You could say I run a lot now. Typically, six days a week, almost entirely on local trails. I’ve done a few races. Last September, I did a 100K on a whim in the North Cascades with a trail-running collective called Cowgill. I’ve proven to myself that I’m capable, that I can take that big crazy dream of mine of immersing myself in these epic places on short time scales.
In 2021, I finally crossed off one of my bucket list routes, a 24-mile excursion culminating in a short glacier ascent to a turquoise lake nestled within the cirque that is Mount Daniel, the highest summit in King County and the heart of the Alpine Lakes Wilderness. Tears streamed down my face when I crested the last bit of the climb and gazed into the basin. It was every bit as beautiful as I’d imagined (though the flies weren’t a part of my daydreams).
I’ve come to accept that maybe there’s a little bit of “athlete” in me. Perhaps I’m a late bloomer of sorts (though I still hate the word “workout”). I’ve reestablished my connection with trails that I started way back when I was 10.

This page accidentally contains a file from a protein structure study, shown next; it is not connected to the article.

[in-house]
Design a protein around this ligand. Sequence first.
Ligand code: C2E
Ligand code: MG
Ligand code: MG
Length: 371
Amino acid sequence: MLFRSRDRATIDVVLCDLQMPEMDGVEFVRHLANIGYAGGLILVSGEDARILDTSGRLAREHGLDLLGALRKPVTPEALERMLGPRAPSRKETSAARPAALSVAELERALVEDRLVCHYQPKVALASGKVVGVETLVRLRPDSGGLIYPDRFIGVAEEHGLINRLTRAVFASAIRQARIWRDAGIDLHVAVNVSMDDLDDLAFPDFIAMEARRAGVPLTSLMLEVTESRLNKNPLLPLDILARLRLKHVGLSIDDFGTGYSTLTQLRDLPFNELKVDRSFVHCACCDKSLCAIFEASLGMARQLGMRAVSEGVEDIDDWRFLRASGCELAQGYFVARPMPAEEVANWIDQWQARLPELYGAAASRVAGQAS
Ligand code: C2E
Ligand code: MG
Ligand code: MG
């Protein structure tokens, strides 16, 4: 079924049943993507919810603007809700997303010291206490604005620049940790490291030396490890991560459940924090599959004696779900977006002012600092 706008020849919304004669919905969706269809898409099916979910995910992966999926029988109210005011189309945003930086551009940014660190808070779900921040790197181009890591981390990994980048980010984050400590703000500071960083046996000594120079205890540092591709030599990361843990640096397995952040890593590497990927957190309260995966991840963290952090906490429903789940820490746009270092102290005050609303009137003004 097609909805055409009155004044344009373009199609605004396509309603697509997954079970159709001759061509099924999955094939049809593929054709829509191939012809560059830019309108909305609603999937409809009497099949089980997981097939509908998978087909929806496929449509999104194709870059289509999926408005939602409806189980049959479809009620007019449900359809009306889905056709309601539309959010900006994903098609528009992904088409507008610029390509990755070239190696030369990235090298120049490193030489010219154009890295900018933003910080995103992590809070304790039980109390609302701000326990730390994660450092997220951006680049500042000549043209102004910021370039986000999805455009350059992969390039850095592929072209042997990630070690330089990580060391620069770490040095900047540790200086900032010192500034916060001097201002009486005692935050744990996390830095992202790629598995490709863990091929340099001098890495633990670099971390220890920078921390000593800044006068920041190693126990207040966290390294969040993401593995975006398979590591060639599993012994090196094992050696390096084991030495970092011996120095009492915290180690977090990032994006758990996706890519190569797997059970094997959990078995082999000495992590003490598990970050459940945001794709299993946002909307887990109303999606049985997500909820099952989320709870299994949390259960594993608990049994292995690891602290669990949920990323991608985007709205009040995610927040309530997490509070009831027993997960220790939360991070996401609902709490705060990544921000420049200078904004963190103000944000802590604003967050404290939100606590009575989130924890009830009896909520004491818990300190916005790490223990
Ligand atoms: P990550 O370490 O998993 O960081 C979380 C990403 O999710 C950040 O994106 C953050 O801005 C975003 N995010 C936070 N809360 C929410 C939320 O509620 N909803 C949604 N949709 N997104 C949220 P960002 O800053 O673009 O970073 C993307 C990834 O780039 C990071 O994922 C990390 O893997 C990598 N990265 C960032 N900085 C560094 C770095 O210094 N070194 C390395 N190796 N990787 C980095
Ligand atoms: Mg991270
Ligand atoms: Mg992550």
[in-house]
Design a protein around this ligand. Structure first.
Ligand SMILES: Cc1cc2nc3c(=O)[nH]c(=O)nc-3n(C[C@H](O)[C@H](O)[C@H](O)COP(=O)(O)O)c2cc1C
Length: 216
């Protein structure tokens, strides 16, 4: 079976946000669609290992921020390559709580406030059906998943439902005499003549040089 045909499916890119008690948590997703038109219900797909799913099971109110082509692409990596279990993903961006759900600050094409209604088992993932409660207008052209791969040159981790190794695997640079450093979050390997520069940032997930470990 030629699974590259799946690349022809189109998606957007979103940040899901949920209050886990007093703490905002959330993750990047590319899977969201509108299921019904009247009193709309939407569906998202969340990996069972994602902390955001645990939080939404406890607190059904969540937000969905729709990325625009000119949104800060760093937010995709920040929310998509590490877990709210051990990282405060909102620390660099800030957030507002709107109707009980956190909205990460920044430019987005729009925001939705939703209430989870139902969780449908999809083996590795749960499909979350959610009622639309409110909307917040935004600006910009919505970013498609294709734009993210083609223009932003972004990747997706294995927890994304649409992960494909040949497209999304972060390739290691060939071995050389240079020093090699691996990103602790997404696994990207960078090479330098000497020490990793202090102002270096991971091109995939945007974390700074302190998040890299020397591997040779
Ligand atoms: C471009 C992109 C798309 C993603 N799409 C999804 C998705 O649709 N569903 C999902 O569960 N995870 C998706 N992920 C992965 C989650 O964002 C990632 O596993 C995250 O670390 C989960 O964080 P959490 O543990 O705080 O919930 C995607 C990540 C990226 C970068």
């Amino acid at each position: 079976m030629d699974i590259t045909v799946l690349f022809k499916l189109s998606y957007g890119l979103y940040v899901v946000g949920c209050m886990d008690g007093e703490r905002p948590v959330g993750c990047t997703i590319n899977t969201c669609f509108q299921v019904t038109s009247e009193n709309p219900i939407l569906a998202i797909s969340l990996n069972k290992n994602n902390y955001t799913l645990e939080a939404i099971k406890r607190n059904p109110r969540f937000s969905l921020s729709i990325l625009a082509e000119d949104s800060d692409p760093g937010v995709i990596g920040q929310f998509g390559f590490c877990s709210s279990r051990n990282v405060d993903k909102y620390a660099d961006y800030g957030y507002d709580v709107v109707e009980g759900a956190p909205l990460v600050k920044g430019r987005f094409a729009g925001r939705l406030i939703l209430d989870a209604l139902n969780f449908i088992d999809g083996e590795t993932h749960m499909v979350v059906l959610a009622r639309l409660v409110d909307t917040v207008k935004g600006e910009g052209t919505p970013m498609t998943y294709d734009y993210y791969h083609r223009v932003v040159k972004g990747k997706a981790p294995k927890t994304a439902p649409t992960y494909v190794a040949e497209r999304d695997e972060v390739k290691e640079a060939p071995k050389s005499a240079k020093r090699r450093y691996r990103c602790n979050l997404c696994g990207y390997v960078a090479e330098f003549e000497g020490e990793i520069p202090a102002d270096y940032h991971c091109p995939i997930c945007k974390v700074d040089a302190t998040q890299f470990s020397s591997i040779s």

In the trail community I’ve learned my story isn’t unique. Many of us come to love trail running because that time in nature allows us to escape who we used to be, from the pain others have caused us. We all have something to run away from. We don’t all identify as “athletes.”
What unifies us is a mutual love for moving quickly outdoors. We love the feeling of proving to ourselves what we’re capable of. We celebrate each other and our achievements.
Come as you are. The trail doesn’t care.